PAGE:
Wetsuits1 of 13
Photo courtesy of CreativeCommons
According to an expert at wetsuit manufacturer ROKA, wetsuits should last about four years with proper care. Triathlon wetsuits can age and crack if exposed to excessive sunlight, so keep them well protected when not in use. Worn and aging wetsuits may not be as form-fitting and gap at the neck, wrists and leg cuffs.
Pro Tip: To extend the life of your wetsuit, wash it in cold tap water and dry thoroughly before storing.
Swimsuits2 of 13
Photo/Hypnotica Studios, CreativeCommons
We've all see that person with the rather thin seat of their swimsuit. U.S. Masters Swimming Level 4 Coach and former ITU pro triathlete, Laurie Hug, swaps her suits out as soon as they start getting too stretchy in the straps or saggy in the belly or butt.
Pro Tip: Hug suggests that worn-out swimsuits can be used as "drag suits"—worn on top of newer, form-fitting ones—to extend their usable life while also adding some resistance to your swim workout.
Bike Tires3 of 13
Alex Applegate of Bontrager, Trek's in-house component brand, says to look at the shape of your bike tire tread where it contacts the road: A square shape means it's time to replace your tires. Some tire brands have little dimples in the tread, which function as wear indicators. Keep an eye on these. When the dimples get shallow, replace your tires.
Bike Brake Pads4 of 13
When the siping, or vertical grooves in brake pad, are flush with the body of the brake pad, it's well-past time to replace your pads. "Once you wear that far into the brake pad, contact will be slightly angled in relation to the rim braking surface," says Applegate. "You will get better performance out of a square contact, and you won't risk the brake pad carrier contacting the rim due to the angle."
Bike Drivetrain5 of 13
When shifting gears on your bike becomes sloppy or sluggish—and you're sure your derailleurs are tuned correctly—or when you try to make a shift and the chain rattles and takes a few pedal revolutions to move into the desired gear, consider replacing the chain and cassette. It's common practice to swap these two drivetrain components together to ensure they wear uniformly and work well as a system. Chainrings are shifted a lot less than your gears in the rear, so they need to be replaced less frequently.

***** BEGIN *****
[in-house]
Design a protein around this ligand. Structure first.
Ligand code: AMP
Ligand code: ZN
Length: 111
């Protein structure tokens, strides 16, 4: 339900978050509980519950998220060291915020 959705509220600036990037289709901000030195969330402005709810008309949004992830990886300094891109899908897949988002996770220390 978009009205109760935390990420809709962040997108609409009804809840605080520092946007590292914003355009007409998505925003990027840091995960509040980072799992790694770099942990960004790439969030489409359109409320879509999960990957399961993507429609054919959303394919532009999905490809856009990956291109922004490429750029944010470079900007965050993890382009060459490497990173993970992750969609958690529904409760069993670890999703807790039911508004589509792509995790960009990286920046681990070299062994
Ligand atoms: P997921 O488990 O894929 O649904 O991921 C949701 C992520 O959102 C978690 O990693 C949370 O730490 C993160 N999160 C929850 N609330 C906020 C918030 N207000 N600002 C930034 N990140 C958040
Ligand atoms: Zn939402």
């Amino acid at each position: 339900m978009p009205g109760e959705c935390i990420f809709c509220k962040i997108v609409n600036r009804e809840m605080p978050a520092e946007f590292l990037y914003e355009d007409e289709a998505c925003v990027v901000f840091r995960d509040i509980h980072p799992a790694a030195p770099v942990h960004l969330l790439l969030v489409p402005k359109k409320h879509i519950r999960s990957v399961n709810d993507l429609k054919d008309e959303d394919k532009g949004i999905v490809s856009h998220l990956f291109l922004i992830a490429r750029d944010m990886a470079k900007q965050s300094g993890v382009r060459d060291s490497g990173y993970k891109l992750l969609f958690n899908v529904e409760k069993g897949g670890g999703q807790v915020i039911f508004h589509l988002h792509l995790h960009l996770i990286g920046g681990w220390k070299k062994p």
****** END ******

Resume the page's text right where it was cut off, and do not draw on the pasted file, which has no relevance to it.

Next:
Bike Shorts6 of 13
When the chamois in your bike shorts no longer offers you comfort—you shift around on your saddle or you chafe—it's time to replace your shorts. Signs of wear are a flattened chamois, panels that have lost their shape or leg bands that no longer lie flat on your leg.
Bike Helmet7 of 13
Simone Cordery-Cotter of Rudy Project North America suggests if you crash in a helmet, replace it, even if nothing appears wrong. She added that if your helmet is six years old or older—even if it has never seen any damage—it should be replaced to account for normal wear and tear.
Running Shoes8 of 13
Tread wear is a great indicator of when to replace running shoes; note the tread on the shoe on the left compared with the one on the right in the image above. According to a representative of Hoka One One, runners should expect to get 250 to 300 miles from their shoes. Keep in mind that heavier runners will wear down more quickly compared with lighter ones who may get more mileage from a shoe before having to replace it.
Pro Tip: You can use an online training log like Strava or Garmin Connect to track your shoe mileage.
Running Bra9 of 13
A perennial USA Triathlon front-of-the-pack age-group triathlete replaces her bras "as soon as they shrink or loose elasticity, and definitely when they chafe." Running bra life may depend on the material from which it's constructed: Cotton-based bras may stretch and fail to provide needed support while bras comprised of synthetic materials may shrink and become too snug.
Water Bottles10 of 13
Even with routine sanitization, bottles get gross. Inspect your bottles for hydration mix buildup, especially in the valve opening. If you can't clean it, abandon it, and move to a cleaner container. Getting sick from bacteria buildup is not worth the reminder of a decade-old race printed on the side of a piece of plastic.
Bike Pump Parts11 of 13
How do bike mechanics keep using the same bicycle pump for decades? They replace parts as needed. Josh Poertner of Silca recommends consumers replace the seals in their pump heads about every five years and the plunger seal every 10 years. Poertner also notes that pump gauges should be replaced every three years—every five years for Silca pumps—to maintain accuracy.
Pro Tip: When shopping for a new pump, make sure you buy one that is serviceable and allows for replacing worn parts.
Hex Wrenches12 of 13
Some of the most commonly used bike tools are hex wrenches—specifically 4mm, 5mm and 6mm sizes. Look for worn or rounded edges on your tools, and replace as soon as they no longer easily fit in fastener heads.
Pro Tip: Consider spending a few more dollars for quality bike tools, which are made of metals that are harder than fasteners on which they are used. Expensive tools are more durable and are less likely to deform, potentially causing the bolts on your bike to "round out," compared with cheaper options.